Arthur M. Sackler Museum
485 Broadway (corner with Quincy Street)
James Stirling, Michael Wilford
and Associates 1985
Harvard, with Aalto, Gropius and
Le Corbusier already on campus, turned to British post-modernist James
Stirling to design an extension to the Fogg, Harvard's oldest art museum.
Stirling's extension - the
Sackler Museum - is an independent building across the street from the
Fogg, but anticipates a future overhead bridge between the two. The large
square window in the front (south) facade, which currently illuminates the
gallery behind, is designed to receive the link if built. The two concrete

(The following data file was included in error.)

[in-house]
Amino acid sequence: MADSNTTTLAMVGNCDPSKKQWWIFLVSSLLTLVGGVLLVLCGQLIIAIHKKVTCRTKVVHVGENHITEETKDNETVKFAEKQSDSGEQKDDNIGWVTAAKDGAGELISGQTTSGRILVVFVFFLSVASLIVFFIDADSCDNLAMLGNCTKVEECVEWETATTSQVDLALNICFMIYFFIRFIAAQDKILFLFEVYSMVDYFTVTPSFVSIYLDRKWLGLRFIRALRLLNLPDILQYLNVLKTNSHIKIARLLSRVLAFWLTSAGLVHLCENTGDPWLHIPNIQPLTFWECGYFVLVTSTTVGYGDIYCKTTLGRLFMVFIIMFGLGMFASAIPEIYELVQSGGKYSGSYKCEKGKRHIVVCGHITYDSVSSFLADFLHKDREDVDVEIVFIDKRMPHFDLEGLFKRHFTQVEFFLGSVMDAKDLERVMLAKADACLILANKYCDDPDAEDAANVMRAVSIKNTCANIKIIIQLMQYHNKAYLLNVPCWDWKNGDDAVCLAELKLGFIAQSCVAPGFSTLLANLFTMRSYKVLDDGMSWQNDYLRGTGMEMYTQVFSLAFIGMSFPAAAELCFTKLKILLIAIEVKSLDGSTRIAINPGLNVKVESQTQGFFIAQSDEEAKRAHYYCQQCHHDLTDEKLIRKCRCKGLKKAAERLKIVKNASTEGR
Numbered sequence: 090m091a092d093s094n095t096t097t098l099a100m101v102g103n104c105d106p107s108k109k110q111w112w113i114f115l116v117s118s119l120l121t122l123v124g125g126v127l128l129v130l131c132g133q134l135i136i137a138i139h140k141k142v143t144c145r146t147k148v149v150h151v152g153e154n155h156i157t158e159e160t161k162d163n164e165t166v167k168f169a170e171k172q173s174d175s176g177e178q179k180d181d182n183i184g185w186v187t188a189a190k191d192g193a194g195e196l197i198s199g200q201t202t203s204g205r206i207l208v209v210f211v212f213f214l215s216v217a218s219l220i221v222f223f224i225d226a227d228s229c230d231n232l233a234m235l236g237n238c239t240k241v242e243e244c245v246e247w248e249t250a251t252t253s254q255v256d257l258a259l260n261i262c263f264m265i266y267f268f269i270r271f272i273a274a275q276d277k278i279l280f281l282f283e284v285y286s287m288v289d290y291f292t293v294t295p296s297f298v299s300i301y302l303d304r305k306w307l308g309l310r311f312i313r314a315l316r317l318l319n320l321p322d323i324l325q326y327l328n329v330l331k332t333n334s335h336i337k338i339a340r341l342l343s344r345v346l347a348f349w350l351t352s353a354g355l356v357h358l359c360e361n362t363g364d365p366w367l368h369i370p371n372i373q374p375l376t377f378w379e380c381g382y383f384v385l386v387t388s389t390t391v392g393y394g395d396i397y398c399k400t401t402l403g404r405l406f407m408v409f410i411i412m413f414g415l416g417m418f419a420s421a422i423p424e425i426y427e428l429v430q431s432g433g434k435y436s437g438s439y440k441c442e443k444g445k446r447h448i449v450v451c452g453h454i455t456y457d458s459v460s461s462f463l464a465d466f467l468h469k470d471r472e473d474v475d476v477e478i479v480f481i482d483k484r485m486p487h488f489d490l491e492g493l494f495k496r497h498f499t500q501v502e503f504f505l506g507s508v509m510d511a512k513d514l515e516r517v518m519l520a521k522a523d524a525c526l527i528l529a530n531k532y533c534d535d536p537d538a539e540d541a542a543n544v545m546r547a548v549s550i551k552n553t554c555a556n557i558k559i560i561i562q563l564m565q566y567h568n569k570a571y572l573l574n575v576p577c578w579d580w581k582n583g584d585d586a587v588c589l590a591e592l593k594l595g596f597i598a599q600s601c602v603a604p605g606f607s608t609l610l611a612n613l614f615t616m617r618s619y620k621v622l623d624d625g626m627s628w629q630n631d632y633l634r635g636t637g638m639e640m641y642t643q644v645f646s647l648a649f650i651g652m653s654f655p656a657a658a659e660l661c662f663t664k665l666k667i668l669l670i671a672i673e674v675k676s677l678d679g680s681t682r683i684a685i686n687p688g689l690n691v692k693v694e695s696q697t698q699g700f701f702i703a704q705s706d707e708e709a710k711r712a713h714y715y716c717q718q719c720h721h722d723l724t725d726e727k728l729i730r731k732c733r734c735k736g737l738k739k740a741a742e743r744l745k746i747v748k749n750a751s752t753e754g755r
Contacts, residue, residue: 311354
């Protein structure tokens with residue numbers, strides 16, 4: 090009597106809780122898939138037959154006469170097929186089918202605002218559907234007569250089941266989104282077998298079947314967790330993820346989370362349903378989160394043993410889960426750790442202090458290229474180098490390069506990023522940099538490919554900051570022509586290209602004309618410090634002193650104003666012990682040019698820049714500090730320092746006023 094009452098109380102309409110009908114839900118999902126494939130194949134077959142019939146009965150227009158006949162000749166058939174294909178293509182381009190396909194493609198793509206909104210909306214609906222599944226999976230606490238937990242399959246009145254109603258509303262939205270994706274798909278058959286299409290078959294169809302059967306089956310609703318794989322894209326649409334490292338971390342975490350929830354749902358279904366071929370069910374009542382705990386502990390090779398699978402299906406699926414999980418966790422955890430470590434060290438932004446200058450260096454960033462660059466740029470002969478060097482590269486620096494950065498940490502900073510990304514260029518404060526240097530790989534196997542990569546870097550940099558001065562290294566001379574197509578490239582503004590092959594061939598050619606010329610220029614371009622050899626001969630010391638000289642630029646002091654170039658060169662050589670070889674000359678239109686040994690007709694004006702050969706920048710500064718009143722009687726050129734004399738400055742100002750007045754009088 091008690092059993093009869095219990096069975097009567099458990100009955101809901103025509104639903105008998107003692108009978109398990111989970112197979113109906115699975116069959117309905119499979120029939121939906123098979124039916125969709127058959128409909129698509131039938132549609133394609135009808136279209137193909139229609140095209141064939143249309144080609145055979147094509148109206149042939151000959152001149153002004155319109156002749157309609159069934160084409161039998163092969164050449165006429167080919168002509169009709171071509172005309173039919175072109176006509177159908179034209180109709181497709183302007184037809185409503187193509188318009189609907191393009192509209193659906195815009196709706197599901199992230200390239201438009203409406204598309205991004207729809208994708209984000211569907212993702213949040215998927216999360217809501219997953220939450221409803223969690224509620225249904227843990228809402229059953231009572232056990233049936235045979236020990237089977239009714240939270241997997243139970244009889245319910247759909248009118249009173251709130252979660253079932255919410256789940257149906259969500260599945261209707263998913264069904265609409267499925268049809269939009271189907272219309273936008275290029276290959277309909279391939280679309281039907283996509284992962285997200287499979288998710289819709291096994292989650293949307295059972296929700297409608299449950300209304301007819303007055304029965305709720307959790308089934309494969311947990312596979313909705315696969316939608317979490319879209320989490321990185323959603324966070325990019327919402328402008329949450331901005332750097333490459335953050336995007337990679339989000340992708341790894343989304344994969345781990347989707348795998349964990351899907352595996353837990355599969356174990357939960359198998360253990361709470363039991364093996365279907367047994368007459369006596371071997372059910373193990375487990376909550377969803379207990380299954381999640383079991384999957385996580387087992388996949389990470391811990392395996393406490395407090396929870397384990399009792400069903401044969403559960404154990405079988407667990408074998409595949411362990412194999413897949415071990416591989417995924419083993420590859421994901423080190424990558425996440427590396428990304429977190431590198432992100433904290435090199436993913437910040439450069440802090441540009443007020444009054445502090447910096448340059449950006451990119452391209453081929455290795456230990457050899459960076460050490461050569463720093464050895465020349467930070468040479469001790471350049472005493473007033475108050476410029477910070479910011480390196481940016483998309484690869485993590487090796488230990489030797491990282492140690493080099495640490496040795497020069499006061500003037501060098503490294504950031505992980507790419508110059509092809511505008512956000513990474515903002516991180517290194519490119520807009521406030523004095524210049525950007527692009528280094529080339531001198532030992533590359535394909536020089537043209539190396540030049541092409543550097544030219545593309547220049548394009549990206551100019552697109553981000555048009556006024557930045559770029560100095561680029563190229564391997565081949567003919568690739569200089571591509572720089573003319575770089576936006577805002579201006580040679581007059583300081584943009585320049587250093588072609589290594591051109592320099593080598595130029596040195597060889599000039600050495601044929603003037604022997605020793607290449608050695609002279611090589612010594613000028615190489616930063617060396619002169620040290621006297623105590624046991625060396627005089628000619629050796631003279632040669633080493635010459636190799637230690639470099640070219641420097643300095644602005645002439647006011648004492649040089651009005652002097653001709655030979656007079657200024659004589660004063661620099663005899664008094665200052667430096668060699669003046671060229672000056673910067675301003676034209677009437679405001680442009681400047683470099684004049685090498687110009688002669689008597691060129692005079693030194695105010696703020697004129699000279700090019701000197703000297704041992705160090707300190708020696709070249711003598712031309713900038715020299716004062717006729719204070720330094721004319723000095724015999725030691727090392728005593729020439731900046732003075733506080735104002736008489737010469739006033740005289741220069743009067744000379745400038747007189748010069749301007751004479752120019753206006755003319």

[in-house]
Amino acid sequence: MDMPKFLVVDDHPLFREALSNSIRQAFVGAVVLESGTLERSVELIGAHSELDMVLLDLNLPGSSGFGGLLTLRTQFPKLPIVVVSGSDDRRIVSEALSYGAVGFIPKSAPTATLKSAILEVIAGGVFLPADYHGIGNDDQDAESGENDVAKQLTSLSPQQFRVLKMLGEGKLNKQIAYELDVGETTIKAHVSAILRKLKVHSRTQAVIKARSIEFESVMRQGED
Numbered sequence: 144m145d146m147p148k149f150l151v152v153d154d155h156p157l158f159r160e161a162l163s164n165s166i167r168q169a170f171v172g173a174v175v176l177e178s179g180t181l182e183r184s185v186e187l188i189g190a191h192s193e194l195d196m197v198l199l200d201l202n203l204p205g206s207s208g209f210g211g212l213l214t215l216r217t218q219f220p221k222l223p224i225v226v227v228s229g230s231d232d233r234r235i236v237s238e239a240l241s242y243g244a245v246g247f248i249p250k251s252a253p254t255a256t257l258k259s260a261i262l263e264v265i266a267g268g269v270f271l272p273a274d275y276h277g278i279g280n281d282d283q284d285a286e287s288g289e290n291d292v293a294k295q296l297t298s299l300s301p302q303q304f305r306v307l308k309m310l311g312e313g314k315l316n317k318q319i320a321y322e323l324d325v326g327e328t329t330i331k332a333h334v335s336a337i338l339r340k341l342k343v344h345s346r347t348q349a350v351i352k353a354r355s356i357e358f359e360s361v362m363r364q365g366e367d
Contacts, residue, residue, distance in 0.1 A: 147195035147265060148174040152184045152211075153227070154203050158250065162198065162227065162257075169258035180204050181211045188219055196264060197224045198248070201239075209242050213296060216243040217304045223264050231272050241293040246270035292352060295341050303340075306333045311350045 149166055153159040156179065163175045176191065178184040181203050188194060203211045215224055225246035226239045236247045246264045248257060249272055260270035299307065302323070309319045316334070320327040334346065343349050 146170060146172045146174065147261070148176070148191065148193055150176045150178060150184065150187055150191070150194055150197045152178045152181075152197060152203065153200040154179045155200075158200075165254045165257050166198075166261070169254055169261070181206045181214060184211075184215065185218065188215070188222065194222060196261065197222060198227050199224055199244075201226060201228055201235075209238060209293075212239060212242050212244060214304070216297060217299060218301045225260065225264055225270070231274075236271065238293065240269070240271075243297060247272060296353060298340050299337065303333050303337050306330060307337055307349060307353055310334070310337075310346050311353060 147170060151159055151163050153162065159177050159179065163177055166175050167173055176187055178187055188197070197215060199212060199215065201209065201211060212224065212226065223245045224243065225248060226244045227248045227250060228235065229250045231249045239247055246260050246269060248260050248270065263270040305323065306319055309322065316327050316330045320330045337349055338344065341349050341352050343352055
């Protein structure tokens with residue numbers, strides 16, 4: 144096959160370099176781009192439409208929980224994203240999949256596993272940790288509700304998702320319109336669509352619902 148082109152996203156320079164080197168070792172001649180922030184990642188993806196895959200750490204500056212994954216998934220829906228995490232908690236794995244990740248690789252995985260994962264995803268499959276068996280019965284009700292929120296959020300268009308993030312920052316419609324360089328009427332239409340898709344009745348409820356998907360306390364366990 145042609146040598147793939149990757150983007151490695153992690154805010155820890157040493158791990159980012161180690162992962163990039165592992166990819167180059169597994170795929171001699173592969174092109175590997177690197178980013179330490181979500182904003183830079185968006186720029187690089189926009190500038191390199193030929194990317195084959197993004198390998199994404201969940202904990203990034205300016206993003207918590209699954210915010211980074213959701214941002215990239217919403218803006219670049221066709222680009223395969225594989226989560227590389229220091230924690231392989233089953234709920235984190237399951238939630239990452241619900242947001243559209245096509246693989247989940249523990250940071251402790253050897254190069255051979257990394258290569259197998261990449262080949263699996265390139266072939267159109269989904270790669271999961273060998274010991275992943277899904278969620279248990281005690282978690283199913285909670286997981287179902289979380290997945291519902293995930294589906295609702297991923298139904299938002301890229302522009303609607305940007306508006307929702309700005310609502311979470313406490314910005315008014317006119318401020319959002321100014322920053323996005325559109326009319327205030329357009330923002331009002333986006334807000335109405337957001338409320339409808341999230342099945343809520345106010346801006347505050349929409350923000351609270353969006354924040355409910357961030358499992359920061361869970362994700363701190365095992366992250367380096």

cylinders dominating the facade may have a future role in the putative
link also, but in the meantime must occupy themselves by ventilating the
underground equipment room beneath, and 'symbolizing entrance.'
Entering between the pillars, a
rather narrow stairway takes you straight up to the gallery level. The
building has an L-shaped plan with its entrance on the narrow top of the
'L', and so is rather larger than first appearances suggest - including a
lecture room for 300 in the basement.
Simon Glynn 1998 and 2002
How to visit
The Sackler runs along the east
side of Quincy Street in Harvard Yard, between Broadway and Cambridge
Street, with its entrance in Broadway. Visitor information is available
from the Harvard Art Museums web site at www.artmuseums.harvard.edu/sackler.
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